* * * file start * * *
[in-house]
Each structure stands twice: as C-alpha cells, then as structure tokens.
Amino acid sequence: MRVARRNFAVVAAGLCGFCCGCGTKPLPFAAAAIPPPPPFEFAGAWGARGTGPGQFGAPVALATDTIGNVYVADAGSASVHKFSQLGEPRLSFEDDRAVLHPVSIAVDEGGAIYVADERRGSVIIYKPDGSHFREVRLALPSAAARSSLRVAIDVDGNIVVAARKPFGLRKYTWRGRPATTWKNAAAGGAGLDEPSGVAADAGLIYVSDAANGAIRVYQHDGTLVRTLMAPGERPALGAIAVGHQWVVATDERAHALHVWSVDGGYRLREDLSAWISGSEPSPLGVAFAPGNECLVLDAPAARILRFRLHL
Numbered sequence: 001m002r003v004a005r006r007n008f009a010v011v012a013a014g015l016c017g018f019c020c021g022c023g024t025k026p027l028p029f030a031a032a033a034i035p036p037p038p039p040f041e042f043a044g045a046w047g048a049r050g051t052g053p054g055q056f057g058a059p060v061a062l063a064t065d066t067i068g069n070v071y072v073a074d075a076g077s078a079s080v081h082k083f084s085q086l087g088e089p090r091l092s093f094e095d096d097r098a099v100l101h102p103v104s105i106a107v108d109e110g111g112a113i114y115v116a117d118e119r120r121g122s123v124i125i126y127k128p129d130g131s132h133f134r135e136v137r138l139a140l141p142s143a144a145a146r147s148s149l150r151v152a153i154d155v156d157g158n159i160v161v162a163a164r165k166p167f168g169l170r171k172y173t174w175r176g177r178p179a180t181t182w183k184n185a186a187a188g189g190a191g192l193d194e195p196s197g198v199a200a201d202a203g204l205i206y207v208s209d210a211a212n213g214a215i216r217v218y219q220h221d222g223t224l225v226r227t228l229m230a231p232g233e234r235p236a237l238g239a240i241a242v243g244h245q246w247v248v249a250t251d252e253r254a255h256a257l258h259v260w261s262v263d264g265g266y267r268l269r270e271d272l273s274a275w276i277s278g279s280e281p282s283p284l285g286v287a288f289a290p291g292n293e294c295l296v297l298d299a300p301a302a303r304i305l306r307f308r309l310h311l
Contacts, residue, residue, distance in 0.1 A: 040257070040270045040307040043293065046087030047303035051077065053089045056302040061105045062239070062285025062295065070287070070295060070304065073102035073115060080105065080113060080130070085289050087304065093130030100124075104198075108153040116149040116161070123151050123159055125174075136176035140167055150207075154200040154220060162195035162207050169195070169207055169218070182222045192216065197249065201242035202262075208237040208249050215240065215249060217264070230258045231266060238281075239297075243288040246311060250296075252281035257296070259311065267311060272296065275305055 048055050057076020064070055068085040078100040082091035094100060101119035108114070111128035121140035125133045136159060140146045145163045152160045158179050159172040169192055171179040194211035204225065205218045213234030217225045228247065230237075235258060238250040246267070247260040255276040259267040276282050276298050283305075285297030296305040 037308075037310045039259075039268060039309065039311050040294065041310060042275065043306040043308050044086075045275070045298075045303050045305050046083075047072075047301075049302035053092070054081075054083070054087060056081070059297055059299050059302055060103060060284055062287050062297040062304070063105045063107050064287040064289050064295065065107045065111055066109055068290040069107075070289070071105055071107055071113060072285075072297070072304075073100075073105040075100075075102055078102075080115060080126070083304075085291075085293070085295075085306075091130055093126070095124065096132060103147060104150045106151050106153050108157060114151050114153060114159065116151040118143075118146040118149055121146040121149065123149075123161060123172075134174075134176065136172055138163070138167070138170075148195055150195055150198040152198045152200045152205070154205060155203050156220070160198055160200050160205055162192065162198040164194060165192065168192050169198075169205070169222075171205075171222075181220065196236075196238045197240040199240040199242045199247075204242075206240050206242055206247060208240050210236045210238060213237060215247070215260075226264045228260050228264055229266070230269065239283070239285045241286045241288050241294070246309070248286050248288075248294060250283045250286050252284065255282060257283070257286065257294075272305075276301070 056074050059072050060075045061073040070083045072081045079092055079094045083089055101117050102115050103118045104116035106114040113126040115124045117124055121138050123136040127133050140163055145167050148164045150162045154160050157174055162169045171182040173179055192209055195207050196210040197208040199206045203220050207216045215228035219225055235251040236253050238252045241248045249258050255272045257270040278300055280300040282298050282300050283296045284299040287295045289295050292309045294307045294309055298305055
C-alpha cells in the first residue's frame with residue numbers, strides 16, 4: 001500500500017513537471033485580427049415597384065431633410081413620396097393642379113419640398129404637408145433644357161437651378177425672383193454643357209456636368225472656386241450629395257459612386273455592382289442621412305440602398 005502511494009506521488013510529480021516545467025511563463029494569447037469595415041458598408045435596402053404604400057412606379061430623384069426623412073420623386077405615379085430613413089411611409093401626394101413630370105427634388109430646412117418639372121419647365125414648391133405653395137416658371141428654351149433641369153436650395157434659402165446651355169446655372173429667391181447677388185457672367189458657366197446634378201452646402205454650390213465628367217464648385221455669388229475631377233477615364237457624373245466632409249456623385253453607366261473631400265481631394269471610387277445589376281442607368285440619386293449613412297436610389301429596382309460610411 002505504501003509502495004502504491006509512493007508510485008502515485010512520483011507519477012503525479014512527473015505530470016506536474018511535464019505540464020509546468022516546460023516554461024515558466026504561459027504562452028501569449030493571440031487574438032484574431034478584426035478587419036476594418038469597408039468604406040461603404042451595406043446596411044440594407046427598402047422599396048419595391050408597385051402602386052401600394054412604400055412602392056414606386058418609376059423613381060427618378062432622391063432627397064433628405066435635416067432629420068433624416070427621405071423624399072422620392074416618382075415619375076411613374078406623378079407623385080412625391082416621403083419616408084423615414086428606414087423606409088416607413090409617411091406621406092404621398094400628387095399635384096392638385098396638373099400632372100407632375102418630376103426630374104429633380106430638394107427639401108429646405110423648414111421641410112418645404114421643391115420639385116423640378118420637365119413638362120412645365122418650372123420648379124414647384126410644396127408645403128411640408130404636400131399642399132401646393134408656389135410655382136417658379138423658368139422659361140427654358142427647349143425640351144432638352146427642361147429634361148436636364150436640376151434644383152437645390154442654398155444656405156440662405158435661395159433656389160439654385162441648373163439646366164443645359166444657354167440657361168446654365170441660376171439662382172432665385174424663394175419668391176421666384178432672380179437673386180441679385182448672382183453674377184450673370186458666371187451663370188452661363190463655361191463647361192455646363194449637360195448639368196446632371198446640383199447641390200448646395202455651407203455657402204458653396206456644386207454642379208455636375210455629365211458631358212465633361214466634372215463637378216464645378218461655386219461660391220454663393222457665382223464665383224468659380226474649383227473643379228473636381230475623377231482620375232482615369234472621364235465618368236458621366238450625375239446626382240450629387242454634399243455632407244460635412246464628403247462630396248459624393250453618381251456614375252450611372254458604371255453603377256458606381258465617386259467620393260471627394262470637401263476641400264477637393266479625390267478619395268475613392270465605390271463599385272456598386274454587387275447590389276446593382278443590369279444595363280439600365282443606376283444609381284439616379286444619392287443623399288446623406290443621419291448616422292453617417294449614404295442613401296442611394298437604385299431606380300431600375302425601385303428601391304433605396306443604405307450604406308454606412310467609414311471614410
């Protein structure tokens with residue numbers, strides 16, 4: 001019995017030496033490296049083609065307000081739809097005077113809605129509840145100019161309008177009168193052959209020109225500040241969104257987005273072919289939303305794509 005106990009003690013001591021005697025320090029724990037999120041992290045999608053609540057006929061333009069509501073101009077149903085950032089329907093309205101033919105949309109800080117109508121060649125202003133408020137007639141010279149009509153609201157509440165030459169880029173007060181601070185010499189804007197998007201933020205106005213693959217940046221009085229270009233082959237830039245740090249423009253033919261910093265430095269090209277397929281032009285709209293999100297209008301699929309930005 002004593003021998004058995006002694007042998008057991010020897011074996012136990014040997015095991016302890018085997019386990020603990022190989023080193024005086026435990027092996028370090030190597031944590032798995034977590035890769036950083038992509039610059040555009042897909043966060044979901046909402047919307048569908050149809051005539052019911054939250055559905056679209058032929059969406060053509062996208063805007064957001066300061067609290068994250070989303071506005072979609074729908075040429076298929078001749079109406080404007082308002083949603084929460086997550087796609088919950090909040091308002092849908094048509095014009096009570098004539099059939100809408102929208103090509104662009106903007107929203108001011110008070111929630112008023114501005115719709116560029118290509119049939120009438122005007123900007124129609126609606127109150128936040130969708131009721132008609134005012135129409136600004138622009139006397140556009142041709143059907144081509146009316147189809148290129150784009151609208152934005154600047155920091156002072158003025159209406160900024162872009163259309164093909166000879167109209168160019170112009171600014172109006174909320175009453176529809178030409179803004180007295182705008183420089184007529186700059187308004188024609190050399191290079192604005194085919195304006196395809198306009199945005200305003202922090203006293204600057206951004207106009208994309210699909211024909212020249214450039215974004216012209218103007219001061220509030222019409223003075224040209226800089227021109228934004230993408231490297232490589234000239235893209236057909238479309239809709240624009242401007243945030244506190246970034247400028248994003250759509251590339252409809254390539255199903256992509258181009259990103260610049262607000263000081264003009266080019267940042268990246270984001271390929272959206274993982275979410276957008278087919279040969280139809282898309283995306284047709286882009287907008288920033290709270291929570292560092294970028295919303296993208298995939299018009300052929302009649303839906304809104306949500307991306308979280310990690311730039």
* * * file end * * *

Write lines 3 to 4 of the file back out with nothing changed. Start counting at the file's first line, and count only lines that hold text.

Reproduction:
Amino acid sequence: MRVARRNFAVVAAGLCGFCCGCGTKPLPFAAAAIPPPPPFEFAGAWGARGTGPGQFGAPVALATDTIGNVYVADAGSASVHKFSQLGEPRLSFEDDRAVLHPVSIAVDEGGAIYVADERRGSVIIYKPDGSHFREVRLALPSAAARSSLRVAIDVDGNIVVAARKPFGLRKYTWRGRPATTWKNAAAGGAGLDEPSGVAADAGLIYVSDAANGAIRVYQHDGTLVRTLMAPGERPALGAIAVGHQWVVATDERAHALHVWSVDGGYRLREDLSAWISGSEPSPLGVAFAPGNECLVLDAPAARILRFRLHL
Numbered sequence: 001m002r003v004a005r006r007n008f009a010v011v012a013a014g015l016c017g018f019c020c021g022c023g024t025k026p027l028p029f030a031a032a033a034i035p036p037p038p039p040f041e042f043a044g045a046w047g048a049r050g051t052g053p054g055q056f057g058a059p060v061a062l063a064t065d066t067i068g069n070v071y072v073a074d075a076g077s078a079s080v081h082k083f084s085q086l087g088e089p090r091l092s093f094e095d096d097r098a099v100l101h102p103v104s105i106a107v108d109e110g111g112a113i114y115v116a117d118e119r120r121g122s123v124i125i126y127k128p129d130g131s132h133f134r135e136v137r138l139a140l141p142s143a144a145a146r147s148s149l150r151v152a153i154d155v156d157g158n159i160v161v162a163a164r165k166p167f168g169l170r171k172y173t174w175r176g177r178p179a180t181t182w183k184n185a186a187a188g189g190a191g192l193d194e195p196s197g198v199a200a201d202a203g204l205i206y207v208s209d210a211a212n213g214a215i216r217v218y219q220h221d222g223t224l225v226r227t228l229m230a231p232g233e234r235p236a237l238g239a240i241a242v243g244h245q246w247v248v249a250t251d252e253r254a255h256a257l258h259v260w261s262v263d264g265g266y267r268l269r270e271d272l273s274a275w276i277s278g279s280e281p282s283p284l285g286v287a288f289a290p291g292n293e294c295l296v297l298d299a300p301a302a303r304i305l306r307f308r309l310h311l